With free agency mostly wrapped up at this point, including all the various mega-trades around the NBA, we thought it a good time to take the temperature of our staff. Everyone has an opinion and wouldn’t you know it, a website of writers has a host of takes. So many in fact we opted to break it up into a pair of posts.
The off-season is over and now we wait. Since you’ve had plenty of time to think, how would you review things?
Doyle: I’m actually very comfortable with the off-season moves the team made. The team was never going to bust through the wall like Kool-Aid Man and sign a marquee free agent. You’re delusional if you believed that. The move they had to make was re-signing Kristaps Porzingis. They made it. Great! Then they went out and made some quality signings. Even better. Should they have approached free agency differently? Maybe. Were they caught off-guard? Absolutely! That’s par for the course. At the end of the day, it doesn’t actually matter for you in your day-to-day life unless you have a gambling addiction.
That said, I really thing Seth Curry rejoining the team will pay off exponentially. The debate here at MMB is whether he will become a starter at some point. I don’t know if he will. What I will speculate is that he will see a lot of minutes alongside Luka Doncic. The two make sense next to one another--offensively at least. Luka needs floor-spacers and Curry is just that. He knocks down threes at a clip above 40%. Can you ask for more?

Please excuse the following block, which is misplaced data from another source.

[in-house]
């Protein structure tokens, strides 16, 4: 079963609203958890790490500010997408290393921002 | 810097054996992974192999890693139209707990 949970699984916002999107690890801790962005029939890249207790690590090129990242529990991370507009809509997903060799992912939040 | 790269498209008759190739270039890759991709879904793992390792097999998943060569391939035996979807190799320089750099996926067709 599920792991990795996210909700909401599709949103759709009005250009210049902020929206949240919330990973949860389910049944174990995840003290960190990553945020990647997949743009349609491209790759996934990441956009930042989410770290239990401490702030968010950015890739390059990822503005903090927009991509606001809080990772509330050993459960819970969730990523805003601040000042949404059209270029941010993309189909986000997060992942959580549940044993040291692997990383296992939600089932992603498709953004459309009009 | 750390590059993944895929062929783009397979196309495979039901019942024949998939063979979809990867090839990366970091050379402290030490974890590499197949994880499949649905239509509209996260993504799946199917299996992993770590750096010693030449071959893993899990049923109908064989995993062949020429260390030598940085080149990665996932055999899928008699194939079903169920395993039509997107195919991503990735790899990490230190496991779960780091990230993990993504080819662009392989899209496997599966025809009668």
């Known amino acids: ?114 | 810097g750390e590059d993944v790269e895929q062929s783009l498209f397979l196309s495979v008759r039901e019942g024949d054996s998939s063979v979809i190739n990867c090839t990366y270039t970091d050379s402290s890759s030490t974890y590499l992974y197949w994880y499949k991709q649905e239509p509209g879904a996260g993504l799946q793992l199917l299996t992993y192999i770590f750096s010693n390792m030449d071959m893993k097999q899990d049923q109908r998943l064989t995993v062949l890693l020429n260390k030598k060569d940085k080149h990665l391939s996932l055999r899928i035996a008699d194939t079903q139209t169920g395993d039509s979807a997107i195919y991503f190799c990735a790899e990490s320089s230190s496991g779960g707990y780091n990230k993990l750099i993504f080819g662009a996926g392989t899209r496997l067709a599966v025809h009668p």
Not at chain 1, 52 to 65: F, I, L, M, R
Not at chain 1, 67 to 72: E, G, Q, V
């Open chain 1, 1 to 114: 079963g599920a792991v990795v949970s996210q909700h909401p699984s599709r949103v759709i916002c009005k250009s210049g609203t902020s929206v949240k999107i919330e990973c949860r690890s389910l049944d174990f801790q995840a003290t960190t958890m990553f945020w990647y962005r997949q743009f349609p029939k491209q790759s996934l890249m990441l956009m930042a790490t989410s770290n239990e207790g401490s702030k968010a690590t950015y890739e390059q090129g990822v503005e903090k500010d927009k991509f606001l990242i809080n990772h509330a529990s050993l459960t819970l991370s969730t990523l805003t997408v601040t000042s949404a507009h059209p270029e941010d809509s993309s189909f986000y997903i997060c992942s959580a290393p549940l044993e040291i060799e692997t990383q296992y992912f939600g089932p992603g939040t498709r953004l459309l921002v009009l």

Delon Wright should also be a positive for the Mavs. He’s a defensive-minded point guard who can guard multiple positions. Incredible! At 6-foot-5, he can guard three positions potentially. We know Donic is a poor defender, so Wright is a plus, right? He is. Offensively, he’s not a floor-spacer. He’ll need to improve in that area next season. However, he’s can create for himself and get to rim off one or two dribbles. The team zeroed in on him and they got him. That’s at least something.
Then there’s Boban Marjanovic. If you hate the star of John Wick: Chapter 3 - Parabellum, then please excuse yourself and go root for the Rockets.